Discovery & Development
- Iraq has lifted the state of emergency it declared on the Majnoon oil field amid floods. Production at the field was unaffected despite the state of emergency and the daily rate remained stable at 240,000 barrels. Majnoon is among the largest fields in OPEC’s number-two producer with output planned to be boosted to 450,000 bpd by 2021.
- Kazakhstan’s giant Kashagan oilfield has hit a record output of 400,000 bpd and is eyeing another 10,000 bpd boost before the end of this year, boosted by the completion of maintenance work over the course of last month. The field produces CPC Blend crude.
- Albemarle has broken ground on what promises to be the world’s largest lithium processing plant in the world in Australia in a ~$700-million build-out plan, and Samsung and Posco are eyeing a similar move in Chile for a facility to produce the chemical components for lithium-ion batteries. For Albemarle, though, the move is indicative of a much bigger game here: The game not only to control a large chunk of the world’s lithium mining, but also to control its refining, and perhaps beyond.
- Wildfires in Alberta, Canada’s oil heartland, have shut in some production and pushed prices for Canadian heavy higher amid tightening global supply. Although no major shutdowns have been announced for now, Canada National Resources’ announcement that it would shut down operations yielding 65,000 bpd served to provide a significant boost to prices. IHS Markit has forecast that Canada’s oil sands production will continue to rise over the next years albeit at a slower pace compared with the last decade. The slowdown is the logical result of pipeline infrastructure constraints but healthy demand for heavy crude should offset some of the effects of these constraints as refineries that cannot operate without heavy crude have few supply options. If the wildfire danger worsens, this will drive Canadian heavy prices even higher, which would cause some refiners to look for more affordable alternatives but since there is a shortage of these, chances are the market for Canadian crude is guaranteed for the time being.
- Sempra Energy has shipped the first liquefied natural gas cargo from its $10-billion Cameron export terminal in Louisiana. This is the fourth U.S. export terminal with another dozen in the works. The tanker was chartered by Sempra’s partner in the Cameron LNG project but the destination remained undisclosed. In separate but related news, Cheniere sold its first LNG cargo to Bulgaria, at 90 million cubic meters. The small Bulgarian energy market is almost entirely dependent on Russian gas and the state gas company is looking for diversification opportunities.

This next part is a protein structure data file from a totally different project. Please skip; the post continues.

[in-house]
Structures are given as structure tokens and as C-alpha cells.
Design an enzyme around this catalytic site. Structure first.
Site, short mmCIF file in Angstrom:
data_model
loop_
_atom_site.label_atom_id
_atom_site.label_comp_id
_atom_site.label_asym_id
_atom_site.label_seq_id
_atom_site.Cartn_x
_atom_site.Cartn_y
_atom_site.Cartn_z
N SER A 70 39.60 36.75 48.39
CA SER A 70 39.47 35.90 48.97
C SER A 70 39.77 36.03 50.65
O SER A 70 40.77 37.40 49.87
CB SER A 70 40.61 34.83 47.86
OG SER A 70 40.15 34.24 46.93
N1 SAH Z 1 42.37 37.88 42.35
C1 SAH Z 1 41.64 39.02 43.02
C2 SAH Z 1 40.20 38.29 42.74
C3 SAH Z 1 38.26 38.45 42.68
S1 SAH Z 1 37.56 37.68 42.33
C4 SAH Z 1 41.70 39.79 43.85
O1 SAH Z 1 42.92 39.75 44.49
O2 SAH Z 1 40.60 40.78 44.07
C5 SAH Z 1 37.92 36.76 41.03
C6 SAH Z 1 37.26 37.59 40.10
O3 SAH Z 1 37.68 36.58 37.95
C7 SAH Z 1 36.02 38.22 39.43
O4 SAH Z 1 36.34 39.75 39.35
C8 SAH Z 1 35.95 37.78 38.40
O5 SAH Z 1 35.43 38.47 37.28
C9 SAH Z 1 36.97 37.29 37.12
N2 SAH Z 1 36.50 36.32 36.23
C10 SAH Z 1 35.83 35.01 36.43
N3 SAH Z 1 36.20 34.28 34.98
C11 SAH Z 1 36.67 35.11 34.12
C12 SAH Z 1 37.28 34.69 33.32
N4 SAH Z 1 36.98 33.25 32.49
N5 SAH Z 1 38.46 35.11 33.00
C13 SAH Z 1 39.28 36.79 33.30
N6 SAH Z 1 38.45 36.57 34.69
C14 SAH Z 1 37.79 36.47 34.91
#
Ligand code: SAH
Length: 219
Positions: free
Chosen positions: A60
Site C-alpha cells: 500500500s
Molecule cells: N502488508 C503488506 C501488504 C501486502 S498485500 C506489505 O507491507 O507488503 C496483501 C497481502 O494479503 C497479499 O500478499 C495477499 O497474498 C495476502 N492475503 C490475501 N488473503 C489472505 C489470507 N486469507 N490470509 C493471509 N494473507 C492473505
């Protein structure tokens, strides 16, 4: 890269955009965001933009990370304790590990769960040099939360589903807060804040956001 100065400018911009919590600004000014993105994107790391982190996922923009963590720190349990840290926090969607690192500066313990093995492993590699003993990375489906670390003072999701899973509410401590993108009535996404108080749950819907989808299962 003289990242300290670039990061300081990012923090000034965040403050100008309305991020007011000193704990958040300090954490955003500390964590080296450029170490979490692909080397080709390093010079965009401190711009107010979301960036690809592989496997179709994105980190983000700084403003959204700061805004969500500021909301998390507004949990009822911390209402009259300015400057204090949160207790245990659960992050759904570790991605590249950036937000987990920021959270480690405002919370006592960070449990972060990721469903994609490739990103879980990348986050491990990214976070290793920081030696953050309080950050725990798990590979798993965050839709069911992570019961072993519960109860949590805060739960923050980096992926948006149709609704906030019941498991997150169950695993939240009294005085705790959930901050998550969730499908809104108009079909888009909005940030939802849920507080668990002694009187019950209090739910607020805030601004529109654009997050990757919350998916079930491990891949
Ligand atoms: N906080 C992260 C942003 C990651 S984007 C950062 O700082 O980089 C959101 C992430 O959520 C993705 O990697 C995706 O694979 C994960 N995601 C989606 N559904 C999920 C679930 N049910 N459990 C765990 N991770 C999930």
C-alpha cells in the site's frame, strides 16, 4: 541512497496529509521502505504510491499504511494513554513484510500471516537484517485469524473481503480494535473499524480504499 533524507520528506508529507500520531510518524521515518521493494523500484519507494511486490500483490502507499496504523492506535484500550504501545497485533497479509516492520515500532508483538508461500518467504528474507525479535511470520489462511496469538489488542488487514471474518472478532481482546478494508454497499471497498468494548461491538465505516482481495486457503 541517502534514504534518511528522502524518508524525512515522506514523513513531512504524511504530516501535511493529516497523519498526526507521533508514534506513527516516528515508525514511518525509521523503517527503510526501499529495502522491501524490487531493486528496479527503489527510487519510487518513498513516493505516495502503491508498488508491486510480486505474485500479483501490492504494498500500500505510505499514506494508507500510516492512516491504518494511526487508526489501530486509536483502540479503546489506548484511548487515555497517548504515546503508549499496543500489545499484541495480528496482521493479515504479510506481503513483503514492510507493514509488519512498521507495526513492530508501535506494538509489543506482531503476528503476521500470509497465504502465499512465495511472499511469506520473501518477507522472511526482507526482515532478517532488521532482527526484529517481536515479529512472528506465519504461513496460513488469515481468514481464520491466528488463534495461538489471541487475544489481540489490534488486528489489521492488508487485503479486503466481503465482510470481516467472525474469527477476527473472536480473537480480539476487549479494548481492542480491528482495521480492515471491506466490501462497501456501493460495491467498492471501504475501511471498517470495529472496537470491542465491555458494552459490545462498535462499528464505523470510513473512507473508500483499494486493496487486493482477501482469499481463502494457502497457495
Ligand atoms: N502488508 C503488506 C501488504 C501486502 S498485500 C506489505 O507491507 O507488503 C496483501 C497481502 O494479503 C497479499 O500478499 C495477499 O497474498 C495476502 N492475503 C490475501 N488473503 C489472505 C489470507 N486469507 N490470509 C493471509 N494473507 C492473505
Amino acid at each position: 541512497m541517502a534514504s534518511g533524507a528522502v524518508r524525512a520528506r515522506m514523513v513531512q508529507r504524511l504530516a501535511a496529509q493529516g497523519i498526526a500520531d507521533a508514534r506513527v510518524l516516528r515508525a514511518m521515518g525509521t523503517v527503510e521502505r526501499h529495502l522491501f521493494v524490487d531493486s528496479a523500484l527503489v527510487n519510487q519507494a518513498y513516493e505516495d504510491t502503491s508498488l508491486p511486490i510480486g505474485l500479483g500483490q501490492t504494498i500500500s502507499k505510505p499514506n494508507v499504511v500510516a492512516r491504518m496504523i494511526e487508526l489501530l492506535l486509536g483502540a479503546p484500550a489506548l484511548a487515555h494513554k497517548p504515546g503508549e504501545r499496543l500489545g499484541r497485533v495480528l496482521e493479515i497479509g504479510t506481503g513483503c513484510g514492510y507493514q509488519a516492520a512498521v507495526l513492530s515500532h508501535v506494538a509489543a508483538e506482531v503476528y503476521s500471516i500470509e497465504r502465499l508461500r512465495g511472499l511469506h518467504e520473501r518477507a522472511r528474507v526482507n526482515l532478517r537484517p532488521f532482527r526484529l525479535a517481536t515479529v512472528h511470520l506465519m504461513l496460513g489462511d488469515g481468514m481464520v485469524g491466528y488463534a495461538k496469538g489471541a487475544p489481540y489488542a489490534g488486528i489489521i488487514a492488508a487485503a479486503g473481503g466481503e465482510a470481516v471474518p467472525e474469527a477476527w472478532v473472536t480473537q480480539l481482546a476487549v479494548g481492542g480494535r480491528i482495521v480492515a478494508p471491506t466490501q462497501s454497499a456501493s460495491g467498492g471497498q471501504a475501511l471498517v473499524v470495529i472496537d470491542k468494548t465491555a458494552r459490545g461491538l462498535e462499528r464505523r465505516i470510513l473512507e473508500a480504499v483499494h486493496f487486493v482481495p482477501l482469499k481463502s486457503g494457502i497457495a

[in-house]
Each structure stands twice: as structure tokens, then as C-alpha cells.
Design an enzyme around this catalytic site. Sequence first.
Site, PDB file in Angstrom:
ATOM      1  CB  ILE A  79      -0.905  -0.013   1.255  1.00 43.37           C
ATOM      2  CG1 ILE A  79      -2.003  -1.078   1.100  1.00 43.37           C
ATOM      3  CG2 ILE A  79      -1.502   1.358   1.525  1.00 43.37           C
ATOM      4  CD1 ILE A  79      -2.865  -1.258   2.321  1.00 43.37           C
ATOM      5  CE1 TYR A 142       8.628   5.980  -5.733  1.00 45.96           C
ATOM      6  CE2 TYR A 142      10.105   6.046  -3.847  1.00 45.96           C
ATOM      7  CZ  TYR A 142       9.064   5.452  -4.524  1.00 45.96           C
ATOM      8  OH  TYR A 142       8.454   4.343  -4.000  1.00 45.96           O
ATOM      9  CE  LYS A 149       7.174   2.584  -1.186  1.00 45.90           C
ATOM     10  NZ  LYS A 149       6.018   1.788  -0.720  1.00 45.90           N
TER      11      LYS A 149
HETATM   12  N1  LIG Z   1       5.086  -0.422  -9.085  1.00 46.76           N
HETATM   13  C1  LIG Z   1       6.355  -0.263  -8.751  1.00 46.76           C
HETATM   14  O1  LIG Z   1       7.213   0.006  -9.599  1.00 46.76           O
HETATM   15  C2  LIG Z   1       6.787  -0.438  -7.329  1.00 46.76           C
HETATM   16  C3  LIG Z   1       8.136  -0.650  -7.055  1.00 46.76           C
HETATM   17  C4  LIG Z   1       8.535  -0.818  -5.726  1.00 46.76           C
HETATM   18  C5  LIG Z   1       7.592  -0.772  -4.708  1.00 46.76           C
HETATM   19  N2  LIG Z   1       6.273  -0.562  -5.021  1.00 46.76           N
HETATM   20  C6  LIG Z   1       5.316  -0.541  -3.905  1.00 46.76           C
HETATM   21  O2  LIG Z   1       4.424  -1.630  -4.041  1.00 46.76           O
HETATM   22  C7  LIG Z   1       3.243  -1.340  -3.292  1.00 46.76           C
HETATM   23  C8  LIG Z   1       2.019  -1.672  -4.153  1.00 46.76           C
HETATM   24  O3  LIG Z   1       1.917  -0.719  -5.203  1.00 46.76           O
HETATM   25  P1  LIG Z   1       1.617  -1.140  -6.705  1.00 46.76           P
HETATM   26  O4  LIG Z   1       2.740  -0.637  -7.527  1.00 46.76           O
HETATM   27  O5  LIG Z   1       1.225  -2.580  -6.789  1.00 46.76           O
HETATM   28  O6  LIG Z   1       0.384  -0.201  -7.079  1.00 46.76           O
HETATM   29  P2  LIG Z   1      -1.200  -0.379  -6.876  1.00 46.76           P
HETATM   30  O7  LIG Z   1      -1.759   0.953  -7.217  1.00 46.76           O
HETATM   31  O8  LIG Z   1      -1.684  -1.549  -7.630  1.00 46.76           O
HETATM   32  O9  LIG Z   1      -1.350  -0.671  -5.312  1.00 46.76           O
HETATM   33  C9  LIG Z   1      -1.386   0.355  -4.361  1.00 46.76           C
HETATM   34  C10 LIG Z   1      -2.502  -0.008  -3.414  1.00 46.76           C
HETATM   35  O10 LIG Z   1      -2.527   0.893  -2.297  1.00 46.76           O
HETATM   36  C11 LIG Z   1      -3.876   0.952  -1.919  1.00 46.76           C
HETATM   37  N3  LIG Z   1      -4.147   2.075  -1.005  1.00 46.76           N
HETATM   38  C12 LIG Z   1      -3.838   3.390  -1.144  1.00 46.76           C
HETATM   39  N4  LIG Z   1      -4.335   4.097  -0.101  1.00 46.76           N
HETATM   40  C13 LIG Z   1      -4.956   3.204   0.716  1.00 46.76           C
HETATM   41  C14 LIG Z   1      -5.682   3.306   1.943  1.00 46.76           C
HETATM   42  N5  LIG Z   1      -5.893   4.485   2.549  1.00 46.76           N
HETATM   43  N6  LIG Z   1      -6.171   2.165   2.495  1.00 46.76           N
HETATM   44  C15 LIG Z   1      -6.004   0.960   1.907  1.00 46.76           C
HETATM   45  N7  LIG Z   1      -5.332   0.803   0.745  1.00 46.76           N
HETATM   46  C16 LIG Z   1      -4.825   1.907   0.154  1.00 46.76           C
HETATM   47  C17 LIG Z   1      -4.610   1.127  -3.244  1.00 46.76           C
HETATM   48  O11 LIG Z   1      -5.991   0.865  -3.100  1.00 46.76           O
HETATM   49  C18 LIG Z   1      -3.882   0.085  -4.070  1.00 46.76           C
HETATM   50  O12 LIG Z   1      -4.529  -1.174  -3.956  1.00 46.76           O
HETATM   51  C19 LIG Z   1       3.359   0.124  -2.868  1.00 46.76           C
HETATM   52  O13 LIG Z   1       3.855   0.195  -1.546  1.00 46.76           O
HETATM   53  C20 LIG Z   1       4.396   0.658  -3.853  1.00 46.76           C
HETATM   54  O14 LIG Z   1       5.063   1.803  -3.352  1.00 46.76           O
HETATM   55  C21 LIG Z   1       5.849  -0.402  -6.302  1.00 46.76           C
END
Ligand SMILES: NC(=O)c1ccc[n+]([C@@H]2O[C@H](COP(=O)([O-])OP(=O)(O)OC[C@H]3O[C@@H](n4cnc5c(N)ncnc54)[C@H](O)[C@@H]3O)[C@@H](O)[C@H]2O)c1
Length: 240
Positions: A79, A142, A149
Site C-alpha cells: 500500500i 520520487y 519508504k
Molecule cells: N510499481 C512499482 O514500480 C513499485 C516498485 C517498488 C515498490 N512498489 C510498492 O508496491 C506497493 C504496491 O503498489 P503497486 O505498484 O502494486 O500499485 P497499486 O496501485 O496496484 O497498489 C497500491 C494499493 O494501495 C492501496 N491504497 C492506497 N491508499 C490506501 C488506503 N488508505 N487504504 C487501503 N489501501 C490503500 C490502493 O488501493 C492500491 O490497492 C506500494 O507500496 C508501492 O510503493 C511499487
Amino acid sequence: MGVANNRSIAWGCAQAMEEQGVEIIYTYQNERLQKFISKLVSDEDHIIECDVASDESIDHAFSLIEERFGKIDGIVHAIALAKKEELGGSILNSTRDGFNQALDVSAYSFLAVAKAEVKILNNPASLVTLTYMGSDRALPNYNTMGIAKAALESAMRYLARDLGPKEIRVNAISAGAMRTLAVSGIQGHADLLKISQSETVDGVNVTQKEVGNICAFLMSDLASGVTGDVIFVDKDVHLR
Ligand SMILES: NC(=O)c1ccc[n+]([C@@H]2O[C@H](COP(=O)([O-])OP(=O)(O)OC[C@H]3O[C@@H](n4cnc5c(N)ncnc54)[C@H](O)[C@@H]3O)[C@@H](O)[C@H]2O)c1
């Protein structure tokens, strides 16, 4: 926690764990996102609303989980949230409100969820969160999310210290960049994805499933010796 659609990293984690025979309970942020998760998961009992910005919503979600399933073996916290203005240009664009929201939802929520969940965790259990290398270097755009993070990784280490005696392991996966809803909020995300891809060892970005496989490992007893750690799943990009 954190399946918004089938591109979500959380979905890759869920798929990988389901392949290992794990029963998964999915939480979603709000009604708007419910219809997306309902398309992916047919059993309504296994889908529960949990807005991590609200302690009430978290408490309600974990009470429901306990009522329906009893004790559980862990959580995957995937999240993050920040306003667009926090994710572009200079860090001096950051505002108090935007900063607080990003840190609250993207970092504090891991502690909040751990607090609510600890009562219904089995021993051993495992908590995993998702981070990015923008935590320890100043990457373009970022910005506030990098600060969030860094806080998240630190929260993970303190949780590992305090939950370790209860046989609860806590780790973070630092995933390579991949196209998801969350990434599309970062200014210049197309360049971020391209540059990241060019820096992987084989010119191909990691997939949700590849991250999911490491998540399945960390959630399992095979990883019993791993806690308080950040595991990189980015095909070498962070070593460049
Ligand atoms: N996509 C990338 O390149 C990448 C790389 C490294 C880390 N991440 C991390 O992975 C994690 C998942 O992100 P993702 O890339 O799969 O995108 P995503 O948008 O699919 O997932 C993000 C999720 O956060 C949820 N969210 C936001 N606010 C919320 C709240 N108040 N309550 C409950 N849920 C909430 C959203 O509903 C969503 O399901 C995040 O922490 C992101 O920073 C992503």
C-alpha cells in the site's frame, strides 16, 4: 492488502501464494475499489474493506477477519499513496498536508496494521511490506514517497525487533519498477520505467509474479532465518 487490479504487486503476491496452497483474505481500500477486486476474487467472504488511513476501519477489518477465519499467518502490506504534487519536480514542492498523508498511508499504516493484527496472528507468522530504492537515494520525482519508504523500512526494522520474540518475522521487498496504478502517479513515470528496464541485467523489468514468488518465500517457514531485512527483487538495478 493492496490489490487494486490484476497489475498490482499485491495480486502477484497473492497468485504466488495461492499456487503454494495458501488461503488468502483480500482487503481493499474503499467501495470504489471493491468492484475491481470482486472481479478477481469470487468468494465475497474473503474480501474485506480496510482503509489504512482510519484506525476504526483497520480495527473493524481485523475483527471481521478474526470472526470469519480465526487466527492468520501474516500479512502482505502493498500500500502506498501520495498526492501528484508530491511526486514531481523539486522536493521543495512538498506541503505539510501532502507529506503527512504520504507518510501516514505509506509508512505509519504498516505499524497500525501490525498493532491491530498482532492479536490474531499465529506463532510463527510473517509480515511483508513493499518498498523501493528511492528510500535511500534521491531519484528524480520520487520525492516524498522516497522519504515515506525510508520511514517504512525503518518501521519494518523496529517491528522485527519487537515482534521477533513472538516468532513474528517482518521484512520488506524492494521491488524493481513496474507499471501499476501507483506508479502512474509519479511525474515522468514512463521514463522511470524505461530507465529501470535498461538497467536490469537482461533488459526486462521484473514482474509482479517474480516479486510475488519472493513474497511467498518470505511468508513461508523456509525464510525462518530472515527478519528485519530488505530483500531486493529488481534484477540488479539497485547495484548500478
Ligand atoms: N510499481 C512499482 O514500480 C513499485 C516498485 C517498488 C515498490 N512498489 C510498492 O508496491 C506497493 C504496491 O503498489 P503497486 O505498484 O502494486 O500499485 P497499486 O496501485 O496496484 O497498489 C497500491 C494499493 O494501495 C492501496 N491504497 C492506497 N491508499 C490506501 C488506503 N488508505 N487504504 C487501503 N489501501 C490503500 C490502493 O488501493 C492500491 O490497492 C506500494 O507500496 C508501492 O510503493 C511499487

Deals, Contracts, Mergers & Acquisitions
- Russia’s Lukoil has agreed to acquire a 25% interest in the Marine XII license in the Congo for $800 million in cash. The deal concerns a license for five fields with 1.3 billion boe in proved and probable reserves. Italian Eni operations the license with a 65% stake, while Congo’s state-run company has a 10% stake.
- Russian gas giant Gazprom and Shell have agreed to create a JV to develop fields in West Siberia with combined estimated reserves of 1.1 billion mt of oil, despite any potential sanctions risk. The deal is expected to be finalized early next year.
- Chinese state-owned power company China Huaneng Group is in talks over the purchase of a controlling 51% stake in solar power producer GCL New Energy Holdings (GNE), which operations solar power plants not only in China, but also in the US and Japan.
- BP will sell its oil concessions in the Gulf of Suez to a UAE-based company, Dragon Oil. The deal is worth at least $600 million, according to media reports. An official value has not been disclosed. The divestment is part of BP’s plan to focus on natural gas in Egypt after the launch of an offshore field in the West Nile Delta. The company spent $12 billion on exploration and production in Egypt over the last four years and plans to spend another $3 billion by 2021.
- Italian Saipem and US-based McDermott have sealed a massive $6-billion contract to construct Anadarko’s LNG project in Mozambique. The contract consists of the construction of two LNG trains, with a total nameplate capacity of 12.9m tons annually. French energy major Total is expected to take ownership of the project next year.
- Murphy Oil has completed the acquisition of a number of offshore assets in the deep waters of the Gulf of Mexico from two private companies: LLOG Exploration Offshore and LLOG Bluewater Holdings. The acquisition cost Murphy $1.227 billion, most of which will be funded with debt financing. The assets yield an average 22,000-24,000 barrels of oil equivalent daily.